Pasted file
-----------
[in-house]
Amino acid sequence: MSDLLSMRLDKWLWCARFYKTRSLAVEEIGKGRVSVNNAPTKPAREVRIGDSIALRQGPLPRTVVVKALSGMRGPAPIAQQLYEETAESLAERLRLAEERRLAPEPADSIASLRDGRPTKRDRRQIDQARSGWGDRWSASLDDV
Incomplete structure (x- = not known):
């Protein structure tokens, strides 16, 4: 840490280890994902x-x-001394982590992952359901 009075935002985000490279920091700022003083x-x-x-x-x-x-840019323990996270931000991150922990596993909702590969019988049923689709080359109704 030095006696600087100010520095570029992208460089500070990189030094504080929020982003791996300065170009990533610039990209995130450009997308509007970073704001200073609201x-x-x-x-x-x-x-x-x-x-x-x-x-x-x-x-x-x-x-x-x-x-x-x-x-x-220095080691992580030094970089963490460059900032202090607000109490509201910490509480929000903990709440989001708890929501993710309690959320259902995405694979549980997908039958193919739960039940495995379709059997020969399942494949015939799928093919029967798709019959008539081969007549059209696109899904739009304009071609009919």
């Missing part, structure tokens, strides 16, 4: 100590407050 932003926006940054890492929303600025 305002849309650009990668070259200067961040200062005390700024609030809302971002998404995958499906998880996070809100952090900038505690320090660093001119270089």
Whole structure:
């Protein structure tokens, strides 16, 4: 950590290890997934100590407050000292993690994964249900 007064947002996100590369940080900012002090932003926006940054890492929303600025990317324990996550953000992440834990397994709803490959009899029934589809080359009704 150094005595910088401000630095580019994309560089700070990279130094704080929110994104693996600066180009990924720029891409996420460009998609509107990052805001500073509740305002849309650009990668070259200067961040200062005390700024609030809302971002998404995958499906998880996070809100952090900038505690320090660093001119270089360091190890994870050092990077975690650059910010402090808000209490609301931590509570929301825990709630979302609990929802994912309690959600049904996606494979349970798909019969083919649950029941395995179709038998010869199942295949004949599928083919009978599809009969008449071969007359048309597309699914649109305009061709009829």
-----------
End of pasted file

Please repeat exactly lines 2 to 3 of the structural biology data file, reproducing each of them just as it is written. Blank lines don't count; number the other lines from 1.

Amino acid sequence: MSDLLSMRLDKWLWCARFYKTRSLAVEEIGKGRVSVNNAPTKPAREVRIGDSIALRQGPLPRTVVVKALSGMRGPAPIAQQLYEETAESLAERLRLAEERRLAPEPADSIASLRDGRPTKRDRRQIDQARSGWGDRWSASLDDV
Incomplete structure (x- = not known):